Friday, November 23, 2018

Children as great teachers

I used to hate putting my child to bed. It might take anything from 1 hour to 2.5 hours. You might want to have your child sleeping at 8pm sharp, but that will never happen. He'll toss and turn, he'll play around, he'll do anything except sleep. In the past, this used to vex me, because I was mentally counting the personal time that I had left. I love my kid, but hey, I've been looking after him for the good part of the day, and daddy needs some personal time alone to be 'myself' again. Out of 12 waking hours, surely having 2 hours alone is not an unreasonable request?

Apparently so. Just 5 mins ago, my son finally fell asleep. We tried putting him to bed at 9pm, so that was 1.5 hours of trying hard not to doze off while trying to make him doze off. It was only after a few months of dreading this nightly routine that I came to the realisation that it was not him who needed to sleep on time, but me who needed to let go of whatever is on my mind and live at the present with him. That thought freed me from the shackles of a regulated schedule and made me fully enjoy being with him. Yes, even those fussy moments when he just didn't want to sleep.

That's the essence of being a parent. It's not so much about the kid who needs to adjust to you, but more about you adjusting to the kid. If you see children as spiritual mentors who are here to educate you, then things are much easier. What have I changed to adjust to my child?

1. I started reading more physical books. I have a few e-book readers but in order to inculcate the habit of reading to him (or perhaps the culture of reading), I've been borrowing more physical books from the library. If we're not reading to him, we'll be reading in front of him. I seldom see a child that is a voracious reader and the parents are not. Not impossible, but it's just less likely.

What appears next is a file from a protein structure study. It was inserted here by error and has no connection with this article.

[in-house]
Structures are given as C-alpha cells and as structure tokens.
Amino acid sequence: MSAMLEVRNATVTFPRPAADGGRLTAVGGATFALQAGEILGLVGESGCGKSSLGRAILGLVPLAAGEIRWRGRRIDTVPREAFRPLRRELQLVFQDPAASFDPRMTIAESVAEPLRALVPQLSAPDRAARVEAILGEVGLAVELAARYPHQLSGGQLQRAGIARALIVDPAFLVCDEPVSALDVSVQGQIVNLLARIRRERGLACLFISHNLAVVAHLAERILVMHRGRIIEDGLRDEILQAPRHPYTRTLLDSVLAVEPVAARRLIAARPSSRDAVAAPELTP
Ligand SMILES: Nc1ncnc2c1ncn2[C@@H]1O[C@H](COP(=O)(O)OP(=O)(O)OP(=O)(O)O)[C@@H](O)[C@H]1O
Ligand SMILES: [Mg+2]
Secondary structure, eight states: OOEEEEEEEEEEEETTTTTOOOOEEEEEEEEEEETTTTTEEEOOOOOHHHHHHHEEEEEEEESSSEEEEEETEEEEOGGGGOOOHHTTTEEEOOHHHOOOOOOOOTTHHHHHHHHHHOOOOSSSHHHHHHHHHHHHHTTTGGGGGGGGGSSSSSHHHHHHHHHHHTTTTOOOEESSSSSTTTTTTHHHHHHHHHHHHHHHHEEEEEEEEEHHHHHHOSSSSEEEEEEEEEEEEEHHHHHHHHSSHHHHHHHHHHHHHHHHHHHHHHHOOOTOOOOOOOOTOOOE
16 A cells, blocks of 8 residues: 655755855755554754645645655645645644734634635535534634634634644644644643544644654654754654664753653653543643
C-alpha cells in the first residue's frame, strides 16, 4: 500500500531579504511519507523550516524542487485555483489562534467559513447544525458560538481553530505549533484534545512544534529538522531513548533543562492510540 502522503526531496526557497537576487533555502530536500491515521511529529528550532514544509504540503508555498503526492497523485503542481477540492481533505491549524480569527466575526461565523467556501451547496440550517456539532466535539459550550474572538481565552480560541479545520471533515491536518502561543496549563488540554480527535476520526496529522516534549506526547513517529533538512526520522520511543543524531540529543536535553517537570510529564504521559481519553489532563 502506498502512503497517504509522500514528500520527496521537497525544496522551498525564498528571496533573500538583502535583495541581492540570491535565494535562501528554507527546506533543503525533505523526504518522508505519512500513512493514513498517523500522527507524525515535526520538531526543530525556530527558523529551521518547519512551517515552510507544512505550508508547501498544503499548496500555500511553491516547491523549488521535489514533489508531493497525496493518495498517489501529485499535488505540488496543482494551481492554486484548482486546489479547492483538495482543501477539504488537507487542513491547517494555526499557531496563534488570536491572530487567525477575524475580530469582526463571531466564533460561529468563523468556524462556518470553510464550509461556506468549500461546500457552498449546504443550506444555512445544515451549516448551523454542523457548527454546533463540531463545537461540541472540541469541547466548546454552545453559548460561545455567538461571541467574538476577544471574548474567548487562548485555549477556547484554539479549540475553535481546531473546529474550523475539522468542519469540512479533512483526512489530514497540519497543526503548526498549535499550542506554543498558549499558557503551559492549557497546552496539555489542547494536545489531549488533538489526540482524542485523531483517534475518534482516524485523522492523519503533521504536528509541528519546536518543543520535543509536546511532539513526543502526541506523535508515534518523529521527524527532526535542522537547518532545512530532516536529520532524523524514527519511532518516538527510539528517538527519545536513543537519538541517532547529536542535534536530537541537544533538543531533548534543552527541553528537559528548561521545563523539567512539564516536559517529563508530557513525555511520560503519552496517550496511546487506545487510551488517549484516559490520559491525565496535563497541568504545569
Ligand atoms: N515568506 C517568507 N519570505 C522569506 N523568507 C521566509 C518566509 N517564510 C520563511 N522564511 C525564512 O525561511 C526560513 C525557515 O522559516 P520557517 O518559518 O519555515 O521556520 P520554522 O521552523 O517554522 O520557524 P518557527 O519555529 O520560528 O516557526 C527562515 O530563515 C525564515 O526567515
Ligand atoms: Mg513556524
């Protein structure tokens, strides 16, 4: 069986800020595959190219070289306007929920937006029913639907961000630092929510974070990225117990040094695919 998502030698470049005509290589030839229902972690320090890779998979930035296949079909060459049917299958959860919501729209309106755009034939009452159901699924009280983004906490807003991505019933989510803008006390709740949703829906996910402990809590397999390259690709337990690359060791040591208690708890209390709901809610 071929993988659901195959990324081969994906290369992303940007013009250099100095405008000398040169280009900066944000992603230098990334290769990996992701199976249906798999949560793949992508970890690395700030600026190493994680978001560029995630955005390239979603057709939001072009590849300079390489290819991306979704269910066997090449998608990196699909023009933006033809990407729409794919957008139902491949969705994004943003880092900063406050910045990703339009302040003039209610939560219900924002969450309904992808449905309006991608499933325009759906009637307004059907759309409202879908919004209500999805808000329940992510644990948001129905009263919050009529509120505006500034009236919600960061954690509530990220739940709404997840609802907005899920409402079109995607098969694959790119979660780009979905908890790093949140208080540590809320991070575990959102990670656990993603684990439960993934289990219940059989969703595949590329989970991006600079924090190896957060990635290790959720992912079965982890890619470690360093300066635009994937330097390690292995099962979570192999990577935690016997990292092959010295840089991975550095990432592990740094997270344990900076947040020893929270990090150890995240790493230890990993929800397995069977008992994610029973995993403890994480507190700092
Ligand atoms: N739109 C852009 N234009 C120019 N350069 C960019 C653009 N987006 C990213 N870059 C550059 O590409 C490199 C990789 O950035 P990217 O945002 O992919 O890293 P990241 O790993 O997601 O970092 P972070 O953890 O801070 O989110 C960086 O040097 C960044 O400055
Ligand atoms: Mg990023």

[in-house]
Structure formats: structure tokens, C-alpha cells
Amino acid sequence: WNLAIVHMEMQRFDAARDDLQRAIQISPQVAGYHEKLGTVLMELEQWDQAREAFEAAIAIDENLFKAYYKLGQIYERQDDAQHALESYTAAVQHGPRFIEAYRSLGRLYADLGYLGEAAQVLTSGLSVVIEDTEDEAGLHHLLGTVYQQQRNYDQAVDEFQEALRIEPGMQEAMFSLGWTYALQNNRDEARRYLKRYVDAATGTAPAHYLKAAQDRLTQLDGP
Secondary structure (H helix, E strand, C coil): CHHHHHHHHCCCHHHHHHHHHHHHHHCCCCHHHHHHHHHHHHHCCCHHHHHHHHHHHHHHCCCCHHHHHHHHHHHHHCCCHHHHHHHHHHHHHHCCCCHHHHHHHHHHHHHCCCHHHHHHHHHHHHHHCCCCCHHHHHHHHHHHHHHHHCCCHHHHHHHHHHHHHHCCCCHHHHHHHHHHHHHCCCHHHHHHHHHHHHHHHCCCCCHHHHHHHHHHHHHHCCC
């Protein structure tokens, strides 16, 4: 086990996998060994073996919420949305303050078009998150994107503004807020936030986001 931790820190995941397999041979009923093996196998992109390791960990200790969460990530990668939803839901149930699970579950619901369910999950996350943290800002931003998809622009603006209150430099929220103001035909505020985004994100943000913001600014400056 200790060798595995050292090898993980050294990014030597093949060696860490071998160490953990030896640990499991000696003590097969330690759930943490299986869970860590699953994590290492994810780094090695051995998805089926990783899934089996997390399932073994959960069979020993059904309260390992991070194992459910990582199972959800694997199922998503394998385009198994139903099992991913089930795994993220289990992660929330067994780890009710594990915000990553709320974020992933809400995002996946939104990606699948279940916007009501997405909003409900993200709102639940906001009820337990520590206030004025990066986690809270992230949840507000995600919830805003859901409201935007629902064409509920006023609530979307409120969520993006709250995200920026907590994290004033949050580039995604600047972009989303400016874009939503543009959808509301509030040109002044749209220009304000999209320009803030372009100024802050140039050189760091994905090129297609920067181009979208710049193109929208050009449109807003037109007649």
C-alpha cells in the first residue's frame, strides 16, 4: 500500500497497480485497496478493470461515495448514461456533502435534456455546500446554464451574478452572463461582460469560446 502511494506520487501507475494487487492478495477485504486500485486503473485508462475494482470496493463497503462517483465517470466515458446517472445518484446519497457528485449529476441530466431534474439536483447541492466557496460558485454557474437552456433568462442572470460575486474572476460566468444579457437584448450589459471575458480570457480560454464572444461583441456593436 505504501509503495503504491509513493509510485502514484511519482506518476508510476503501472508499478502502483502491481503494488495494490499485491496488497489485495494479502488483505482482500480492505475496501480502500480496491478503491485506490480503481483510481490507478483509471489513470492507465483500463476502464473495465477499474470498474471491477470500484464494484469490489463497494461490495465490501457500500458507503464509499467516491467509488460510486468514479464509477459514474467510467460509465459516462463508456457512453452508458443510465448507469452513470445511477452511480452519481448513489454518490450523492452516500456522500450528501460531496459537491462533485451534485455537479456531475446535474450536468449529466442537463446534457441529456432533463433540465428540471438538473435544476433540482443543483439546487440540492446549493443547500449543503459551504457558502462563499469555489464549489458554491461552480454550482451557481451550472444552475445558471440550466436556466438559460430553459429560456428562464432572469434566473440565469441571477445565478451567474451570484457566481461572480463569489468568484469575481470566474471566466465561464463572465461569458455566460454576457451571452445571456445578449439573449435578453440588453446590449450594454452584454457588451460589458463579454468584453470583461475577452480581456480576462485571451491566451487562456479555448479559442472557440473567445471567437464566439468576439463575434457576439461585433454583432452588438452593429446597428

2. I'm using an electric toothbrush for almost a year now. I wished I had it when I was much younger because it was such a great cleaning tool. But it seems I will now have to switch to analogue toothbrush now because I need to teach him how to use a toothbrush real soon. There are reports of children having very bad tooth decay at a very young age. As a compromise, perhaps in the morning when he's up I'll use the analogue one, and when at night after he fell asleep, I can use back the digital one. At least with that, I won't have to sacrifice my tooth for his!

There are many such incidents but I think I'll not bore readers with such mundane details. Suffice to say, before you want your child to change, perhaps you as the parent should begin and lead the way. Children are super sensitive towards double-standard. You smart, but they are not stupid too.